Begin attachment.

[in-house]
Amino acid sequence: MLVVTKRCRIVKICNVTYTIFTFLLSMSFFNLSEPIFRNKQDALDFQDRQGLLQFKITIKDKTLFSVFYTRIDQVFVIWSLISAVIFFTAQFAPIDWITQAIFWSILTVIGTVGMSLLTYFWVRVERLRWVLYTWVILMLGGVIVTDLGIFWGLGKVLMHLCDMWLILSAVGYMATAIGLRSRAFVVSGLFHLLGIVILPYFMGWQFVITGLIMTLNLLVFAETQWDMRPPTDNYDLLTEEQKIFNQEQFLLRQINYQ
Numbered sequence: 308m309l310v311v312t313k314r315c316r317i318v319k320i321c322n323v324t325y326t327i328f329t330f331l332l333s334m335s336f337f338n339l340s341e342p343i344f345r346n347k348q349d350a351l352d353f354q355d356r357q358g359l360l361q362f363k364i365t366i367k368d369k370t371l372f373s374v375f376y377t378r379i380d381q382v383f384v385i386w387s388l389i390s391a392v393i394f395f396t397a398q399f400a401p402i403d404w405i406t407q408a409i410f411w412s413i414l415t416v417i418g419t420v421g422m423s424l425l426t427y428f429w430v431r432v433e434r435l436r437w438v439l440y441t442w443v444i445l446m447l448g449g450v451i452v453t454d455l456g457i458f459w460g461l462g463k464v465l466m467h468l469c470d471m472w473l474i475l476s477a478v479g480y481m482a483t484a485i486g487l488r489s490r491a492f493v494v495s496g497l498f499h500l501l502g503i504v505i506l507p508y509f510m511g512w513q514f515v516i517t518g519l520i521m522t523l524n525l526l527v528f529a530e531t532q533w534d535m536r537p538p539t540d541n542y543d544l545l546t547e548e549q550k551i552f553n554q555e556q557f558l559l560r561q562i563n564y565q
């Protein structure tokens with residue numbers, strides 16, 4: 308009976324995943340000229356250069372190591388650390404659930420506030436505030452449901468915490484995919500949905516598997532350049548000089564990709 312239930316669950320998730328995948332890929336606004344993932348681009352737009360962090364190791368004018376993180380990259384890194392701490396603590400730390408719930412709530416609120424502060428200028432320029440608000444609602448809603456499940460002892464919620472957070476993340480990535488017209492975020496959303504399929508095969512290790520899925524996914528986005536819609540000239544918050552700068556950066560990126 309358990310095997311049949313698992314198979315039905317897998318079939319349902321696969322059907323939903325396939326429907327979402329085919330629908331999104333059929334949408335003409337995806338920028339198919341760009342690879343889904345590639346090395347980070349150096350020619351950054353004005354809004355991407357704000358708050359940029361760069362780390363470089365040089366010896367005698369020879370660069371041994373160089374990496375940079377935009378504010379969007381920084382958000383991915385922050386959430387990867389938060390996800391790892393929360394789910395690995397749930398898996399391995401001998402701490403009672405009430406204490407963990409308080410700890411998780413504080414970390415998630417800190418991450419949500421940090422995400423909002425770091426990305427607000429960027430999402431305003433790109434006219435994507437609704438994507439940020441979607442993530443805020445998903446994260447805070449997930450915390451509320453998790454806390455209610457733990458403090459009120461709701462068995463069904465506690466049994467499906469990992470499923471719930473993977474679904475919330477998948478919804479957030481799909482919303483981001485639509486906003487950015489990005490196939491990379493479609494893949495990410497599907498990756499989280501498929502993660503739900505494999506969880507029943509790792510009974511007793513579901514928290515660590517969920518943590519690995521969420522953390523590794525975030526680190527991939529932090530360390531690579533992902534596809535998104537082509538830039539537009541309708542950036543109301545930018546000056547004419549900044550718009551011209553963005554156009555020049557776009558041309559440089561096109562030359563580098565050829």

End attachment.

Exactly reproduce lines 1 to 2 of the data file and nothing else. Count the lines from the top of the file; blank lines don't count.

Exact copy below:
[in-house]
Amino acid sequence: MLVVTKRCRIVKICNVTYTIFTFLLSMSFFNLSEPIFRNKQDALDFQDRQGLLQFKITIKDKTLFSVFYTRIDQVFVIWSLISAVIFFTAQFAPIDWITQAIFWSILTVIGTVGMSLLTYFWVRVERLRWVLYTWVILMLGGVIVTDLGIFWGLGKVLMHLCDMWLILSAVGYMATAIGLRSRAFVVSGLFHLLGIVILPYFMGWQFVITGLIMTLNLLVFAETQWDMRPPTDNYDLLTEEQKIFNQEQFLLRQINYQ